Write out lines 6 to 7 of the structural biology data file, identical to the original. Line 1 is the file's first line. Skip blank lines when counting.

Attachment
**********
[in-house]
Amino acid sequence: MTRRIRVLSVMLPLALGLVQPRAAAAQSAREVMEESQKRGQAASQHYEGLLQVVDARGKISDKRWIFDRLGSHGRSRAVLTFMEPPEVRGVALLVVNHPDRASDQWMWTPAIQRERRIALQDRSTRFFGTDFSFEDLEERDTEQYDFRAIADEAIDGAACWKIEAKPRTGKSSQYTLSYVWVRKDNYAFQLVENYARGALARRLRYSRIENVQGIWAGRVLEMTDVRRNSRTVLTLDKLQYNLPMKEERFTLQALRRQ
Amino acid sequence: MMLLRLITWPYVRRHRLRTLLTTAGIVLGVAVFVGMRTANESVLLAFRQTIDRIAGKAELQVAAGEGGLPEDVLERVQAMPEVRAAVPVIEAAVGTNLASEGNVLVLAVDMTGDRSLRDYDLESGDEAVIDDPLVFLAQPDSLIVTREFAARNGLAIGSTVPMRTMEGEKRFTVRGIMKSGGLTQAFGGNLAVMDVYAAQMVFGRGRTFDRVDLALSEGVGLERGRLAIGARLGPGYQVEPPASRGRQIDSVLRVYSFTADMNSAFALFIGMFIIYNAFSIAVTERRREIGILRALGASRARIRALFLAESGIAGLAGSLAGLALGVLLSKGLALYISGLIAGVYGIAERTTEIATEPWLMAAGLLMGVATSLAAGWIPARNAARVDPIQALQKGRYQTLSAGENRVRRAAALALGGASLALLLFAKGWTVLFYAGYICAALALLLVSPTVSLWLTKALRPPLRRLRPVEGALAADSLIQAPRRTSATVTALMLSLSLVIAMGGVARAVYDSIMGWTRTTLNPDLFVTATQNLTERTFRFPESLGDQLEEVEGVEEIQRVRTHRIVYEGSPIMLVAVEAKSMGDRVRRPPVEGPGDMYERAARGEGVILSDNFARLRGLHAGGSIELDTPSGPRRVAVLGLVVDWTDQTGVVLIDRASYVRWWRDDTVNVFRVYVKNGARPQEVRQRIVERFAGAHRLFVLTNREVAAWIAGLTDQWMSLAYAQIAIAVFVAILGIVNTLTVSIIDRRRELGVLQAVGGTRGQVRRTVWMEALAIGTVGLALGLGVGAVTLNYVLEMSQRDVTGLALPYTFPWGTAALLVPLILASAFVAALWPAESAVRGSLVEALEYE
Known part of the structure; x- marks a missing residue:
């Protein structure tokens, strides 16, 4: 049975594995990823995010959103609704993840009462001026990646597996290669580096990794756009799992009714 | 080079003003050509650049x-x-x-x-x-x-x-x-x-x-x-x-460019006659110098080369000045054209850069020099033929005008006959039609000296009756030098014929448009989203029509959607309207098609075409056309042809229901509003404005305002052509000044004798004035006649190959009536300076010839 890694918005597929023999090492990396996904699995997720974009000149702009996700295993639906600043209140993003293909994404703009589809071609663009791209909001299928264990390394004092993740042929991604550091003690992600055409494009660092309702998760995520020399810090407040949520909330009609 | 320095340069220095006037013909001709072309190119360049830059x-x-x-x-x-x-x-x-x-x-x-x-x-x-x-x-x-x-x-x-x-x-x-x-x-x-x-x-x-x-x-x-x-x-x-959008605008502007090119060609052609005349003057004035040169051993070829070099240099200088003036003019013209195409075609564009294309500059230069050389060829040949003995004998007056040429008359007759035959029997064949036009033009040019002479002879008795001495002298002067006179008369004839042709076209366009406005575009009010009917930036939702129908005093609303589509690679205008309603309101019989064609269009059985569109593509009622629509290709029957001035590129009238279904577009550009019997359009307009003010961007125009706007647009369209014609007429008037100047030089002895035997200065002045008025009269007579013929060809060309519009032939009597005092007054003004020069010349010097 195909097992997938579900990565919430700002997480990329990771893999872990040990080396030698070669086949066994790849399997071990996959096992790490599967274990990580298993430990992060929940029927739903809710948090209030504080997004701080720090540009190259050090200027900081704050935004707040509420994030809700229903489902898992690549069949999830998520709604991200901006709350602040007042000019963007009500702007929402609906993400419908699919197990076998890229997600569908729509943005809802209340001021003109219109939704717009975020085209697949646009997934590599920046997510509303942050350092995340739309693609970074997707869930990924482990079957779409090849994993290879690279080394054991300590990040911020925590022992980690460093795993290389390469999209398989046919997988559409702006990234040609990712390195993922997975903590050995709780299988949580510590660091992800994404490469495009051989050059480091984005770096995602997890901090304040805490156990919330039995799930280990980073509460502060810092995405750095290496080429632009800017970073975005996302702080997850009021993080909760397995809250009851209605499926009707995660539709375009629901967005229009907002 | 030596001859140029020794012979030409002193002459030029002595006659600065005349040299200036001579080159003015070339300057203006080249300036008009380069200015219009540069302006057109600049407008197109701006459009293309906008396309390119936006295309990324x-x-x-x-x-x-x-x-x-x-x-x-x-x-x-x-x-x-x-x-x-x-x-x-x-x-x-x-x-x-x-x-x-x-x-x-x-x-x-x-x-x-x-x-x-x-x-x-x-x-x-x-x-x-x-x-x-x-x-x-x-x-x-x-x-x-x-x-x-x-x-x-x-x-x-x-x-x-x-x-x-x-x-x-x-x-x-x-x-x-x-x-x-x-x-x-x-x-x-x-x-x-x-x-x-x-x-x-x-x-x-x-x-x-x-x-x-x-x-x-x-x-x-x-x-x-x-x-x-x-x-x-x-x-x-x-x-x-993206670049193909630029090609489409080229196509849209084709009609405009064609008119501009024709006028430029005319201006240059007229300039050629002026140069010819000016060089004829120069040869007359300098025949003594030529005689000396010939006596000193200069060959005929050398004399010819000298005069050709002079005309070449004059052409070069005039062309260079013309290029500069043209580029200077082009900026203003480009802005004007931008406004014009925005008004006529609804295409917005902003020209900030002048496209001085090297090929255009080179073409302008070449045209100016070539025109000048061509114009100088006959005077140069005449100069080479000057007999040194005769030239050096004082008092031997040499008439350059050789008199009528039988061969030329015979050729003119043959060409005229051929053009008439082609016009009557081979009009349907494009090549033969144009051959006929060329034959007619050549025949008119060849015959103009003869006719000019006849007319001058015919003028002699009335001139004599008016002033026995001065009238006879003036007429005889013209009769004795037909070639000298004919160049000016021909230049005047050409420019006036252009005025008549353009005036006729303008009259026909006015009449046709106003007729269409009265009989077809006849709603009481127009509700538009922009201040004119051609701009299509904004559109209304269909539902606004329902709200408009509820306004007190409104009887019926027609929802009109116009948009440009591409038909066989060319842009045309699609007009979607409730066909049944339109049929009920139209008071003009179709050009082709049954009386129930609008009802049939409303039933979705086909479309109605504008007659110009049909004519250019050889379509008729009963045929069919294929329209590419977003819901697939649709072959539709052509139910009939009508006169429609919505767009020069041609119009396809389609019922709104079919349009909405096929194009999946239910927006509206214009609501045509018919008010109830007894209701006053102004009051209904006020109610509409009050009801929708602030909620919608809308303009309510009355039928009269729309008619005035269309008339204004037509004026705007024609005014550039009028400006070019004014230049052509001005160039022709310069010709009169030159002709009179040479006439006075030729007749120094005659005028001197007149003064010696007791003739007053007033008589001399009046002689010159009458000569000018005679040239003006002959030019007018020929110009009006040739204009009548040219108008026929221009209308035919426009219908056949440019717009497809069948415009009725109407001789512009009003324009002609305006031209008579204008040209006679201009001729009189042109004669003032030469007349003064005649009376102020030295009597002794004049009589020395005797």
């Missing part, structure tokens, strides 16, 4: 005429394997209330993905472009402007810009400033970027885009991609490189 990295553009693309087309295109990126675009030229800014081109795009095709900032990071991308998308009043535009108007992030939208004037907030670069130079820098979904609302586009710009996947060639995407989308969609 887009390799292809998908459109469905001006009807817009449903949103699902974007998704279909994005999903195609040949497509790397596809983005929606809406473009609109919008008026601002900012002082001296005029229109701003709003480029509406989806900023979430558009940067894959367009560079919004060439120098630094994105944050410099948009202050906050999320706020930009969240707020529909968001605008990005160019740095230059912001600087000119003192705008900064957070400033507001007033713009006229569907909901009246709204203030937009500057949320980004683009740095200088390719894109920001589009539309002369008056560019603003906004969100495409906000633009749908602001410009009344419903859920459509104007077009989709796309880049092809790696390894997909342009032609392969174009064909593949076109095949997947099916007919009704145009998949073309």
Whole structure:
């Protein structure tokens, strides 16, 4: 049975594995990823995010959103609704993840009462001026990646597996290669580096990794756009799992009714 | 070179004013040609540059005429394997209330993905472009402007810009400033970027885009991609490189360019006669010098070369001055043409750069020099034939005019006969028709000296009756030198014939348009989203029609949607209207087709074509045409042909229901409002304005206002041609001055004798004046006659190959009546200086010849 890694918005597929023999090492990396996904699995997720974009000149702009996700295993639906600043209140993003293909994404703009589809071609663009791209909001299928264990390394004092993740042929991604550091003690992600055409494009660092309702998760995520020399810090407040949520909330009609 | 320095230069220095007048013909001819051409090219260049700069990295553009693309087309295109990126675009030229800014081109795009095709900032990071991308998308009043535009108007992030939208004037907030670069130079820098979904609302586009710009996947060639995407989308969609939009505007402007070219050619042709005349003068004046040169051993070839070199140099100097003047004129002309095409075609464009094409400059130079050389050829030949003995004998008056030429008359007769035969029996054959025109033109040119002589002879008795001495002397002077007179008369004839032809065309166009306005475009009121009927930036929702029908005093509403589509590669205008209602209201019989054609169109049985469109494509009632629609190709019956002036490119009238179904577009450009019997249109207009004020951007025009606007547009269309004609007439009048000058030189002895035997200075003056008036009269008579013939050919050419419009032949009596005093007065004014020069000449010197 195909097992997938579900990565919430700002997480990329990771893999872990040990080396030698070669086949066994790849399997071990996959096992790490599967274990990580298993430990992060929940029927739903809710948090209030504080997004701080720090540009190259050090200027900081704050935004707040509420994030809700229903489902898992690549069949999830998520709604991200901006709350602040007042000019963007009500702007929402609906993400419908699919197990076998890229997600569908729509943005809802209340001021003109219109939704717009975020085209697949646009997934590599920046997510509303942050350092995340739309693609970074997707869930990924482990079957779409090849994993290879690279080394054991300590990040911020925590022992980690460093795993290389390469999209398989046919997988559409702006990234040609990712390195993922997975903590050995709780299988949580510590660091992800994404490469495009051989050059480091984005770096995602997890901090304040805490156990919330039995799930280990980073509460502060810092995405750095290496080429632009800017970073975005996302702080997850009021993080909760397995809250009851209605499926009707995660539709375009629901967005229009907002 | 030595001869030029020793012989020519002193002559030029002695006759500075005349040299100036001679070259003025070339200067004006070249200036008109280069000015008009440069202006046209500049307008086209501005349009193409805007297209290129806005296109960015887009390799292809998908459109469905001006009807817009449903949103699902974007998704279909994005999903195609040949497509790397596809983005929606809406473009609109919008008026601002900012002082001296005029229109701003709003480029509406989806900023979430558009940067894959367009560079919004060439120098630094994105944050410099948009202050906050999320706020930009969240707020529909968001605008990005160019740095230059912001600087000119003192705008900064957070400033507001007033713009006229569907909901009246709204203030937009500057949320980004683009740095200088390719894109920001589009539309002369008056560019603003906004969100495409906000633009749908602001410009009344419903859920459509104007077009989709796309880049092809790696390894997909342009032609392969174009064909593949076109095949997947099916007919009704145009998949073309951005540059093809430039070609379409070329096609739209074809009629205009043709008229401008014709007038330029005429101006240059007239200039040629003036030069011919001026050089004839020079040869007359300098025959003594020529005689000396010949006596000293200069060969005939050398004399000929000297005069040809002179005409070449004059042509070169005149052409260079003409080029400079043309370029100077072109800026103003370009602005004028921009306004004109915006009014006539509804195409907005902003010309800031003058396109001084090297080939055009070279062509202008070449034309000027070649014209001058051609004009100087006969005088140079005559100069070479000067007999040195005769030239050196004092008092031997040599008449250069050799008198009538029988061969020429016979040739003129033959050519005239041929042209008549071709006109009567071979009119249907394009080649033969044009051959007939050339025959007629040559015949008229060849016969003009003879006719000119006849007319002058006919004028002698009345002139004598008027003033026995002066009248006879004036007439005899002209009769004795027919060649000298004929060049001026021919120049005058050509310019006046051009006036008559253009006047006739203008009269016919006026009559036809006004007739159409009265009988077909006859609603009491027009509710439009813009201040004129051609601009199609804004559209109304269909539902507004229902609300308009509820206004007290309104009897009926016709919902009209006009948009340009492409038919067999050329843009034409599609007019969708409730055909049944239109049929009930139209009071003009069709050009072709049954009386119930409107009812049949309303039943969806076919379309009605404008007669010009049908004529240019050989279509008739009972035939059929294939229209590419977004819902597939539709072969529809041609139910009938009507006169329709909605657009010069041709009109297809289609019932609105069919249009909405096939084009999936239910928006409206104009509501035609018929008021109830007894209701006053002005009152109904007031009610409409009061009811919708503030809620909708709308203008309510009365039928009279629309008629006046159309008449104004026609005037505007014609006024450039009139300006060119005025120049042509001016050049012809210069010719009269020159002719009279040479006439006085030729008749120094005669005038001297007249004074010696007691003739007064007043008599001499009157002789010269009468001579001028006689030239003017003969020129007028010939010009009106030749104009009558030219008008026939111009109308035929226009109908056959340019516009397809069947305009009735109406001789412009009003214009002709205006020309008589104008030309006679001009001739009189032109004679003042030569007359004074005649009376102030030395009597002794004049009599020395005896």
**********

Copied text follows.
């Missing part, structure tokens, strides 16, 4: 005429394997209330993905472009402007810009400033970027885009991609490189 990295553009693309087309295109990126675009030229800014081109795009095709900032990071991308998308009043535009108007992030939208004037907030670069130079820098979904609302586009710009996947060639995407989308969609 887009390799292809998908459109469905001006009807817009449903949103699902974007998704279909994005999903195609040949497509790397596809983005929606809406473009609109919008008026601002900012002082001296005029229109701003709003480029509406989806900023979430558009940067894959367009560079919004060439120098630094994105944050410099948009202050906050999320706020930009969240707020529909968001605008990005160019740095230059912001600087000119003192705008900064957070400033507001007033713009006229569907909901009246709204203030937009500057949320980004683009740095200088390719894109920001589009539309002369008056560019603003906004969100495409906000633009749908602001410009009344419903859920459509104007077009989709796309880049092809790696390894997909342009032609392969174009064909593949076109095949997947099916007919009704145009998949073309």
Whole structure: